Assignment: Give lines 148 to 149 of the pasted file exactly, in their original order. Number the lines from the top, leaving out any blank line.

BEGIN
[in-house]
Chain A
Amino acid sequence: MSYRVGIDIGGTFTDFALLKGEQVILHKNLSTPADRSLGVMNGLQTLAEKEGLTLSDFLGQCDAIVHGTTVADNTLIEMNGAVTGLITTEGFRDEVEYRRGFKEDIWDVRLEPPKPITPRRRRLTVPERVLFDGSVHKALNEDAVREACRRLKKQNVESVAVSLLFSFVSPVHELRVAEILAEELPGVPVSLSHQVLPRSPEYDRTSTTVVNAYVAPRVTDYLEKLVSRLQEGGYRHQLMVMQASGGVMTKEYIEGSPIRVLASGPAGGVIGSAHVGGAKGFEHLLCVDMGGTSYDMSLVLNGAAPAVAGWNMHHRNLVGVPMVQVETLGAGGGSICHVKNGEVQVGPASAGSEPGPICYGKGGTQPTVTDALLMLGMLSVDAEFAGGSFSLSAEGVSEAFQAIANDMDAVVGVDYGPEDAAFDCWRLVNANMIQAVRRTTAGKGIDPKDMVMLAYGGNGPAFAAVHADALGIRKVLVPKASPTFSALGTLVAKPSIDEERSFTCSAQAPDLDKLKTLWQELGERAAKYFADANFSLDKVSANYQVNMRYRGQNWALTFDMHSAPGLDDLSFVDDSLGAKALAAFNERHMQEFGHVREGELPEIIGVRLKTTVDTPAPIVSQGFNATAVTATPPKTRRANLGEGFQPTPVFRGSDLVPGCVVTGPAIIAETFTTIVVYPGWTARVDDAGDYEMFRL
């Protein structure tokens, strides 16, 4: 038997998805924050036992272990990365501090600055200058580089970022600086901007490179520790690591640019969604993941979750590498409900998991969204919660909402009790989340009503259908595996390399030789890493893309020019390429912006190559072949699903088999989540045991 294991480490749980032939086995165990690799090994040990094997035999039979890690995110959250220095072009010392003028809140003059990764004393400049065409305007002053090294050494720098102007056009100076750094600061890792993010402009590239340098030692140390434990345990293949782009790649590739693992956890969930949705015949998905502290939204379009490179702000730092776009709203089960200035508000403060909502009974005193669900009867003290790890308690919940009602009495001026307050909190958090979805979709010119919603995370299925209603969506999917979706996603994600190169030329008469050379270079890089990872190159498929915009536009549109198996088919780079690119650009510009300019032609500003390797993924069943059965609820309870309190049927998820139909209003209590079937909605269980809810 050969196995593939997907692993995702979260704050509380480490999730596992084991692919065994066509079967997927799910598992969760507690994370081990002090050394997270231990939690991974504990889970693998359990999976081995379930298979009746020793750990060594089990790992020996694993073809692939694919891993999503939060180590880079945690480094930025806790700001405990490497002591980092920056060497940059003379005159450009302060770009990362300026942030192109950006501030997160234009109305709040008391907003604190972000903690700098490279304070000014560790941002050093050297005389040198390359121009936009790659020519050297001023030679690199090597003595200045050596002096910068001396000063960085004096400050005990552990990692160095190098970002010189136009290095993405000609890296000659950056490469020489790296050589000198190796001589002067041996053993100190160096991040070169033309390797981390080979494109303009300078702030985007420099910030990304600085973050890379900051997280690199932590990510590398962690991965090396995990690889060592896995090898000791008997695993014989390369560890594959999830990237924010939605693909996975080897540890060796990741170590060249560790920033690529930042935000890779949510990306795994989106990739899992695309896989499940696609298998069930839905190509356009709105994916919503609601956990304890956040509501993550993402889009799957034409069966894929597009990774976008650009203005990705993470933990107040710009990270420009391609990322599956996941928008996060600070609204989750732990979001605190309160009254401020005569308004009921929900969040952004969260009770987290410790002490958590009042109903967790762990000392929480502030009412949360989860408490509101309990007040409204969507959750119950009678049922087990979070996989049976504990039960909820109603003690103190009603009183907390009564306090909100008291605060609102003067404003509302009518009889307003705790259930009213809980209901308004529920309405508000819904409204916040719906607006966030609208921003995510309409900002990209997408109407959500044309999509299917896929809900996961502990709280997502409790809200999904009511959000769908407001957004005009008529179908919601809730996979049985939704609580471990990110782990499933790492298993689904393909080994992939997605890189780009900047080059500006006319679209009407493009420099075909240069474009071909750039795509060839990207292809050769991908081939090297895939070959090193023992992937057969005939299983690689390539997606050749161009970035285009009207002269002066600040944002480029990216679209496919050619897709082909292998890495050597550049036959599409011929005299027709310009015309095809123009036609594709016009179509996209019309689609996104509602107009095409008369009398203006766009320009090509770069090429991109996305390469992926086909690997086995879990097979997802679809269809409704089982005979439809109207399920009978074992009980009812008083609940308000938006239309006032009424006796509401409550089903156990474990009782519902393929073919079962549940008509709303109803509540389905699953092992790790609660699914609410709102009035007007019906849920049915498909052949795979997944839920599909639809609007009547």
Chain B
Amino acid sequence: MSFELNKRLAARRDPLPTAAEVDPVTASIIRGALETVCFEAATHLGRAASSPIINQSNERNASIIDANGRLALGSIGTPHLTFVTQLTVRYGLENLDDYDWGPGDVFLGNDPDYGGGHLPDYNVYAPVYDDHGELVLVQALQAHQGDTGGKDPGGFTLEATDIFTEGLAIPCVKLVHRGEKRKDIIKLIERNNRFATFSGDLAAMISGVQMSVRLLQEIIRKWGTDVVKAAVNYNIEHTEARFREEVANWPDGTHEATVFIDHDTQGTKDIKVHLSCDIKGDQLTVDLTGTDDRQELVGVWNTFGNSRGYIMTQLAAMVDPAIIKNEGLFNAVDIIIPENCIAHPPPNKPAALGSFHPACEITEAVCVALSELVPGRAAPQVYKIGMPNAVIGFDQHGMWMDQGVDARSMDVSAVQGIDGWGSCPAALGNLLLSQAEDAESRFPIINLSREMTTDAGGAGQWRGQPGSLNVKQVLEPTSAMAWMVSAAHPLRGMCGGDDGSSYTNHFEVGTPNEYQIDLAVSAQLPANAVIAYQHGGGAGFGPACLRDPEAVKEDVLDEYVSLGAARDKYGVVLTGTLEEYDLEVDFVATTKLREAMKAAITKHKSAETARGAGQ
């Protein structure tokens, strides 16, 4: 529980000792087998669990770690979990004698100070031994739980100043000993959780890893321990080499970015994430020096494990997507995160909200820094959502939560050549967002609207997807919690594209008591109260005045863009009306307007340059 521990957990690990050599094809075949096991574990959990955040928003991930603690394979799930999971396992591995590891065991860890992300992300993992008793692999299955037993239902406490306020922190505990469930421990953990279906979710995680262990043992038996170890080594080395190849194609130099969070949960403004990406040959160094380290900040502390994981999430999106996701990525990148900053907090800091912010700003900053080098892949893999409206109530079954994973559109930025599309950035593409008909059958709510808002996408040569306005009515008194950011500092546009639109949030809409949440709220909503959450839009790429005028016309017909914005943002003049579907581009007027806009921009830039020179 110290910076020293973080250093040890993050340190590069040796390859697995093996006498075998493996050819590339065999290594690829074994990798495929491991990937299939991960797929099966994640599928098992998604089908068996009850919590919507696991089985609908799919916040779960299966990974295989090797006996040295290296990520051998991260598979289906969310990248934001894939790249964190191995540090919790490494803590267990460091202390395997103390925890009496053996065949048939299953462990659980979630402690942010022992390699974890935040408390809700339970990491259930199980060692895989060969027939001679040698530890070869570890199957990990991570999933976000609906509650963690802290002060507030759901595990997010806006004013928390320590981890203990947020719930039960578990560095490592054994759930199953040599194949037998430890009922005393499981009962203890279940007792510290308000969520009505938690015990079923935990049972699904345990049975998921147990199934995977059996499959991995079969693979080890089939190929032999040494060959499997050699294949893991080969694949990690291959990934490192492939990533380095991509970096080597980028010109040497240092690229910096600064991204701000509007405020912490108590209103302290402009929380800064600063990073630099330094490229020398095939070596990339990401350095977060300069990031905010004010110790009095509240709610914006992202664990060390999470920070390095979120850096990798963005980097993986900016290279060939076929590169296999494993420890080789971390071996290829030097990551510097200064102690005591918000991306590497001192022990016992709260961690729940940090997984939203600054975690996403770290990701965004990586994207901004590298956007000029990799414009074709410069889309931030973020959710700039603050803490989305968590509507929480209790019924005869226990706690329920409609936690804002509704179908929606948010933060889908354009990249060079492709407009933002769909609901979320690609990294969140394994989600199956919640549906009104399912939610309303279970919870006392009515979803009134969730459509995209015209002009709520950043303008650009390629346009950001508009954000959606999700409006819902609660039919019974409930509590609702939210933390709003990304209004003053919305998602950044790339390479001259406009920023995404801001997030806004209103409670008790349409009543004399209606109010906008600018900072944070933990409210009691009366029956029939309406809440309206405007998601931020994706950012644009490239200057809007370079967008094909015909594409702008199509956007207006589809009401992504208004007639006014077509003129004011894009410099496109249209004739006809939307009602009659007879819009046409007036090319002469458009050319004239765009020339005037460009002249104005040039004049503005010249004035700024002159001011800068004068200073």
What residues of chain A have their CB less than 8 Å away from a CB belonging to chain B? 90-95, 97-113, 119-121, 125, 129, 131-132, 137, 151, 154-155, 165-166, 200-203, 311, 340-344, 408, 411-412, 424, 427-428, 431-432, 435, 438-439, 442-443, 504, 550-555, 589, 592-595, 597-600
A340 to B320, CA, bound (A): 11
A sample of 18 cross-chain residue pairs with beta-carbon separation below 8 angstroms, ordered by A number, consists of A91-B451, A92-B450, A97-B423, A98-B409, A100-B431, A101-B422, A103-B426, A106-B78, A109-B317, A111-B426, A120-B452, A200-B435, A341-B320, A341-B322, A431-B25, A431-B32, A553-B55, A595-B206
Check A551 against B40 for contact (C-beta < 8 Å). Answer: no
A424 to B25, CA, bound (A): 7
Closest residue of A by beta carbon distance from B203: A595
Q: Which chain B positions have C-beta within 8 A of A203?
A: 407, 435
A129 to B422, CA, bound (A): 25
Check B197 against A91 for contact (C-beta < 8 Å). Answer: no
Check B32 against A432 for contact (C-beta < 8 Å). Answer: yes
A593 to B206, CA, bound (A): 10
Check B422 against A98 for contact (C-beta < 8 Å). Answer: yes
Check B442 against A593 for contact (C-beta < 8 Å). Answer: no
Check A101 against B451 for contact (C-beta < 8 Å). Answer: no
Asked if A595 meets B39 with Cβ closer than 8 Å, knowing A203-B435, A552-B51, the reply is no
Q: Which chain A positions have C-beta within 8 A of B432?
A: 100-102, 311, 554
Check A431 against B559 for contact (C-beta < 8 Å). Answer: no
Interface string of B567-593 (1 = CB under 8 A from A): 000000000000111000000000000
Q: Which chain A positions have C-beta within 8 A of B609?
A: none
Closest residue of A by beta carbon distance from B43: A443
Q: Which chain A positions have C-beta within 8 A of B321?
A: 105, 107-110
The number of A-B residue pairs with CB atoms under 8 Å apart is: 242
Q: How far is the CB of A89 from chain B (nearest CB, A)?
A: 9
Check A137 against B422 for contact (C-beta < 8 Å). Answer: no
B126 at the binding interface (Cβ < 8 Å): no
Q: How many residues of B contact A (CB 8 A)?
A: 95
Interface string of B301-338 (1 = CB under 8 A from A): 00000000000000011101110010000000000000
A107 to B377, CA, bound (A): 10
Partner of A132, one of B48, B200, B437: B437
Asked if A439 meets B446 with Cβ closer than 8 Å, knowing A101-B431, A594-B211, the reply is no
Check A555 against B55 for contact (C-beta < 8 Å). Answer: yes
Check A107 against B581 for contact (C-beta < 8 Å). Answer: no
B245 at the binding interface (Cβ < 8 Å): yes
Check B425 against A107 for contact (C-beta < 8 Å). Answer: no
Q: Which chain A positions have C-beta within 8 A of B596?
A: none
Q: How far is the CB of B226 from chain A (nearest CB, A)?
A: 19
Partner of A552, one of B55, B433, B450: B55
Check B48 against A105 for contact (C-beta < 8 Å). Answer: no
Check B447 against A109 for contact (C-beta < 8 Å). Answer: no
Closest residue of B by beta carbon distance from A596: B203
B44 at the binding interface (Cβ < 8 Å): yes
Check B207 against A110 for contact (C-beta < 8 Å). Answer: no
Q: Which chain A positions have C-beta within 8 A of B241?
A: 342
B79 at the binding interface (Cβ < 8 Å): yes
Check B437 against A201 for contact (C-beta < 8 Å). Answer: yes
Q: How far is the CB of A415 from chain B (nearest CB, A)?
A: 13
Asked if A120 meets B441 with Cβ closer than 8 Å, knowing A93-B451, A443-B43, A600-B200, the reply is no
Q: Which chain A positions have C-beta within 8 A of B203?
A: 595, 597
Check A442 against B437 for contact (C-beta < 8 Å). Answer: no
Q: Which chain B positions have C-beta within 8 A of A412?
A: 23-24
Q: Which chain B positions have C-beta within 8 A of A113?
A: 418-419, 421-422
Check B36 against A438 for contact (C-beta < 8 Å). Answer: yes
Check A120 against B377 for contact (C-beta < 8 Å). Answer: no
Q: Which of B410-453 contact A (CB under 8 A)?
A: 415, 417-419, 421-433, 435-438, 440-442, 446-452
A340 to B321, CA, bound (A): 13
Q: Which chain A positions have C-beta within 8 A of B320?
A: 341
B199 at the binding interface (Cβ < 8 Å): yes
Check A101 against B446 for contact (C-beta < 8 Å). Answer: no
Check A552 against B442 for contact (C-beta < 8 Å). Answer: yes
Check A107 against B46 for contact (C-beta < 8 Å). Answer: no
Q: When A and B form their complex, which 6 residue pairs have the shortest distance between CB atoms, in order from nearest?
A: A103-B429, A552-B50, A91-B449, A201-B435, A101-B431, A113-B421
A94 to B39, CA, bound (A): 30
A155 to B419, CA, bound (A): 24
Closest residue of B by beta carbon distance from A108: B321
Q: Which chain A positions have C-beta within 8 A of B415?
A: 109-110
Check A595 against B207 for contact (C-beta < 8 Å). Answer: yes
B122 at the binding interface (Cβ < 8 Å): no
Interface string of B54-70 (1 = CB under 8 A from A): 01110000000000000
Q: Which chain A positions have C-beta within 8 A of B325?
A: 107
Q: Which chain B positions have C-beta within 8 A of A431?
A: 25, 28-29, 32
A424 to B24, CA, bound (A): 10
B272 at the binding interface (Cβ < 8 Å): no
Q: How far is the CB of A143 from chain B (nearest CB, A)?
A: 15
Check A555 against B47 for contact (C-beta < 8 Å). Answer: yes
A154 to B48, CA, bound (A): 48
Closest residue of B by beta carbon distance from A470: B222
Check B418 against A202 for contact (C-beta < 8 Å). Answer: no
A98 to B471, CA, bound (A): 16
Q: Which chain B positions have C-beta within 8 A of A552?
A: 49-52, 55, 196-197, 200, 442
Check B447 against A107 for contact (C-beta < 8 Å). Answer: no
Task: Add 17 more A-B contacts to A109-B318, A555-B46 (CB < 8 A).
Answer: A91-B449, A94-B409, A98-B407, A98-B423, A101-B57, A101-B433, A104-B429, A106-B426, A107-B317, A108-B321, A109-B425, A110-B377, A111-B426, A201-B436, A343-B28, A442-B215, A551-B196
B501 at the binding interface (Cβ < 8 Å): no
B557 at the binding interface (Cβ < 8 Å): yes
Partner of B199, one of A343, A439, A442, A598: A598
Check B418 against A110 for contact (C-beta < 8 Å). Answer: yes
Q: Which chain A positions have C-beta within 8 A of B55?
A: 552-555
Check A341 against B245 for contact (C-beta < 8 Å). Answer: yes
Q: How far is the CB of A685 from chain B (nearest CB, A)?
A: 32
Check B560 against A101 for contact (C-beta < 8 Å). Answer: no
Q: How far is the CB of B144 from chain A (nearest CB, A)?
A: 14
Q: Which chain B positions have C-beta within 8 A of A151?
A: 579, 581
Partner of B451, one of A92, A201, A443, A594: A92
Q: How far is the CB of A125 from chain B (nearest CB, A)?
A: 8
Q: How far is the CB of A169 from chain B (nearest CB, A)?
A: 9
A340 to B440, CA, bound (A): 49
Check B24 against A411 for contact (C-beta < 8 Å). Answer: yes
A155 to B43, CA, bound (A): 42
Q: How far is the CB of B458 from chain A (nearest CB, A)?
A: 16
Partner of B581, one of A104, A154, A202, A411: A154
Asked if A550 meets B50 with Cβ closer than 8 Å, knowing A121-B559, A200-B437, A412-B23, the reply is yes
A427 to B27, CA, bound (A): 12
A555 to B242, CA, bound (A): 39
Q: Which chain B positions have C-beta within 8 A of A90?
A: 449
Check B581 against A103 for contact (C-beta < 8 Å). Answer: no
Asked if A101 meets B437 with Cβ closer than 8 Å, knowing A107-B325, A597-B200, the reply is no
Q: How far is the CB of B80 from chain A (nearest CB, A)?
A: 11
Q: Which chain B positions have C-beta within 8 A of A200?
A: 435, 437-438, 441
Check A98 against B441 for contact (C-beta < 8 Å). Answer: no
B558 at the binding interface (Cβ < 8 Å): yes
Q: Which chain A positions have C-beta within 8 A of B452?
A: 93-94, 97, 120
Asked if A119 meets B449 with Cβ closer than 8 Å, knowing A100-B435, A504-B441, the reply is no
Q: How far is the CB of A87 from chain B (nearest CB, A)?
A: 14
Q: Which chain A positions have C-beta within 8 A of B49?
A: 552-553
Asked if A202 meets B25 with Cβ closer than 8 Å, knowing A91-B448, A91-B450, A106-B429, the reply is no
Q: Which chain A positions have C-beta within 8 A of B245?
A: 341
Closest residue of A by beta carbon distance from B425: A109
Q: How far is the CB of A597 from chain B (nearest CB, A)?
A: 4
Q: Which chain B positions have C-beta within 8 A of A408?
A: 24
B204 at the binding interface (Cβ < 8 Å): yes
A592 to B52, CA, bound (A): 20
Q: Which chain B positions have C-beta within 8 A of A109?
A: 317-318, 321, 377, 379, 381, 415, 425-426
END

B558 at the binding interface (Cβ < 8 Å): yes
Q: Which chain A positions have C-beta within 8 A of B452?